Let’s Pretend…

Do you still hear your mother’s “Choo-Choo” echoing in your head? Do you vividly remember her as “The Little Engine That Could”, chugging along playfully, trying to nonchalantly drive a forkful of spinach into your tunnel mouth?

I do. I also remember that it worked… well, most of the time.

Why? Because pretending is fun and playing games is much more enjoyable than work (or spinach).

What’s the lesson here? When you’re stuck and don’t know what to write, or you feel like you work way too much, then maybe it’s time to let loose and have some fun! So let’s PLAY!


  • …you are a rock star and can only deliver your niche message in lyrics. Record yourself singing your impromptu song(s) and write down the lyrics later. Even though it’s silly, this exercise will open your imagination and give you a fresh perspective on things.
  • …that your spouse is away on business and needs to explain to coworkers what it is you do. Since your job rocks, you want to share your story and wallow in your success. Write an email that explains what you do and how you got there. Afterward, break this up into tips and strategies. You may pull 4-5 articles out of just one idea.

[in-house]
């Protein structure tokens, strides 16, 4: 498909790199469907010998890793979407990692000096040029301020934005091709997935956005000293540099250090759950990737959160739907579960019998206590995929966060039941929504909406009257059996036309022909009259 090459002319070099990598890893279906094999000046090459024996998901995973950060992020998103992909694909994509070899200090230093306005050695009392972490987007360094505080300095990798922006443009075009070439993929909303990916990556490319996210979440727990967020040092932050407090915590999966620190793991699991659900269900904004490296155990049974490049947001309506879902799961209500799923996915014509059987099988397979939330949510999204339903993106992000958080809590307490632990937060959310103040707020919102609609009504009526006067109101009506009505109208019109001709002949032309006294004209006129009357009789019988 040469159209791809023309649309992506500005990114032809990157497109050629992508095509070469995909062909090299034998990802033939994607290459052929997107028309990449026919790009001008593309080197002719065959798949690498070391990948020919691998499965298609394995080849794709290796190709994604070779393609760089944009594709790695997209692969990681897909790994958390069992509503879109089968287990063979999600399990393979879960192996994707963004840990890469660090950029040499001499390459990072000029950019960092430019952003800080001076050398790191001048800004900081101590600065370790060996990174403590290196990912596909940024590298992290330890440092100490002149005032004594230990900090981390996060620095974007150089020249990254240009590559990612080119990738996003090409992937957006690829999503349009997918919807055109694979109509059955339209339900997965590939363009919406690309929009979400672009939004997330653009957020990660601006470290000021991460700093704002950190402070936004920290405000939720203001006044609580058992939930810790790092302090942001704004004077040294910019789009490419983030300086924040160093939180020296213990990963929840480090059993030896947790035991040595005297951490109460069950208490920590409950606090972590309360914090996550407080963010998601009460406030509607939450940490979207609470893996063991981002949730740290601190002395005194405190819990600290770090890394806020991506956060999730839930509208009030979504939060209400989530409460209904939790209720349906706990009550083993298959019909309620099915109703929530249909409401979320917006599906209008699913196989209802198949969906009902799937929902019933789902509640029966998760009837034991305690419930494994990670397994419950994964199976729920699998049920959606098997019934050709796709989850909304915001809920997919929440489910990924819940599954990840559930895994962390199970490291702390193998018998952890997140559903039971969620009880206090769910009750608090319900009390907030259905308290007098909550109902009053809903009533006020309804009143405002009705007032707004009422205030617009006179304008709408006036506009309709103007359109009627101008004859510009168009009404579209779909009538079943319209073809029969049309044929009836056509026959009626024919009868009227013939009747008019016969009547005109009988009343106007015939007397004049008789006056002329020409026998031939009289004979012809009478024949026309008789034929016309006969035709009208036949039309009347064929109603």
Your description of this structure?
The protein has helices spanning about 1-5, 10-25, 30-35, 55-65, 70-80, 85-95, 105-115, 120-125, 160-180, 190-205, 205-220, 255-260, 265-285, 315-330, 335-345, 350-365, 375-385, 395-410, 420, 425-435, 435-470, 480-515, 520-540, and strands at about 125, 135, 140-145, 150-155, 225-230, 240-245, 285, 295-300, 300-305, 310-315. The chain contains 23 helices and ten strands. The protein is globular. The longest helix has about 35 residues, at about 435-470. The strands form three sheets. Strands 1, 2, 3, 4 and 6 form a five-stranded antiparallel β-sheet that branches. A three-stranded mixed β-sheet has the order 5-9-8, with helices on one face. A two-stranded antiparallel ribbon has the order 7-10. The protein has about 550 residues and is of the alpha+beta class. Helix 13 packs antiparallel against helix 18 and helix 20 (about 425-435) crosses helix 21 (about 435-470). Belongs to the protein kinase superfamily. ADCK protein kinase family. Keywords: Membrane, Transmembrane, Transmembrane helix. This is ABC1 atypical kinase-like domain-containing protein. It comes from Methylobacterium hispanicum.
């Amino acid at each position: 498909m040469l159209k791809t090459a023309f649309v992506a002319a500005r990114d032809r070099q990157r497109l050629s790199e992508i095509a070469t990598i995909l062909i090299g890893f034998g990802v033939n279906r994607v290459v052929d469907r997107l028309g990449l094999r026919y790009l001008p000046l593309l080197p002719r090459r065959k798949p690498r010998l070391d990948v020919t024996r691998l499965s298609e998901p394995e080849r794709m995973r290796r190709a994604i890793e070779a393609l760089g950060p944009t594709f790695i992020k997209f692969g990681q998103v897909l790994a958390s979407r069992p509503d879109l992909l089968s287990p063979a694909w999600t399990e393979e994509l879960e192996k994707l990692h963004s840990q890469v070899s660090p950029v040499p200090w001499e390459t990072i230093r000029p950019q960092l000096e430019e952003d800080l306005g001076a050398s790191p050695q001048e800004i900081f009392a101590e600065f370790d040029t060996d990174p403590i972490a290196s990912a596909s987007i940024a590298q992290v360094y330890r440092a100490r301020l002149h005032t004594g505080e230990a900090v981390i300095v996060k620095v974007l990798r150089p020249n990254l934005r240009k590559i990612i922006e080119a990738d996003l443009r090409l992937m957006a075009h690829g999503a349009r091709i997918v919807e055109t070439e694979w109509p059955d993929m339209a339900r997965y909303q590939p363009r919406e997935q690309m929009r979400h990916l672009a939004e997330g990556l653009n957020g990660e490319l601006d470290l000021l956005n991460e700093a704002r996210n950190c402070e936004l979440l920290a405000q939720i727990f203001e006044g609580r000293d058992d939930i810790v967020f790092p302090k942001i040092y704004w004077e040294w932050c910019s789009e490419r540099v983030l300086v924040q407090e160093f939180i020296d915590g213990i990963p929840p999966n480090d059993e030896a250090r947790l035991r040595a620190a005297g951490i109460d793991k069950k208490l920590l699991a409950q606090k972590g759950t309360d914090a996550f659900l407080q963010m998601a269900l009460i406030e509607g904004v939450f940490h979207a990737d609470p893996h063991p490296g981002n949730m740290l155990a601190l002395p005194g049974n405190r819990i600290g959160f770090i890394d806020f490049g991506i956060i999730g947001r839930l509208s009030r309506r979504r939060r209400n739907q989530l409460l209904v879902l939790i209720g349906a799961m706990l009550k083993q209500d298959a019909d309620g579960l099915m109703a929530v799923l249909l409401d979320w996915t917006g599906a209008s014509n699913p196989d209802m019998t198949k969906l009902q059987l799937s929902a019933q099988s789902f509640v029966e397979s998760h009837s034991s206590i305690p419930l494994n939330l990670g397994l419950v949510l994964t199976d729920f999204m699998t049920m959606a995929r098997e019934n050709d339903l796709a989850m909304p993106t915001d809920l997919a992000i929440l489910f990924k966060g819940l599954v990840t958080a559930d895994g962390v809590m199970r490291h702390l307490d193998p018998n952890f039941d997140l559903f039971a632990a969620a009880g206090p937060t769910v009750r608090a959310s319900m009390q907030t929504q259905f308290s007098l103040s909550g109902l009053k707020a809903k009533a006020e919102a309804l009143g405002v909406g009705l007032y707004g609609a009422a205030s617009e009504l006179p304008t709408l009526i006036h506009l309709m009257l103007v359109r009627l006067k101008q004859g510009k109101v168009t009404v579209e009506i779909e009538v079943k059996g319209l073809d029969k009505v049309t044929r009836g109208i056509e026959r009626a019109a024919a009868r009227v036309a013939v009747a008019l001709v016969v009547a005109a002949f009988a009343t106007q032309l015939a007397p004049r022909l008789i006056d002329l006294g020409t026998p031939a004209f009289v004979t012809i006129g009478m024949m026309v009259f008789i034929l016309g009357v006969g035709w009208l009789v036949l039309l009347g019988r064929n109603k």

• …you are your own personal secretary. Call yourself and leave notes about what you would need to discuss in the next 24 hours. Go home later and listen to it. Then start writing!
  • …you are writing a executive summary explaining one aspect of your niche for the President of United States. It’s due in an hour and you don’t have any IDEA what to write. Go!
  • …you’re an Olympic speed writer who wants to stay ahead of the competition. You’ll be amazed at what you can accomplish when you PUSH every once in awhile to break your own records.
  • …you’re an advice columnist for a magazine in your area of expertise. Have a friend generate a variety of questions a novice would ask and then answer these questions in your “column”.
  • …you are the world’s expert in your niche and will be appearing at a HUGE seminar as the Keynote Speaker. What will you say?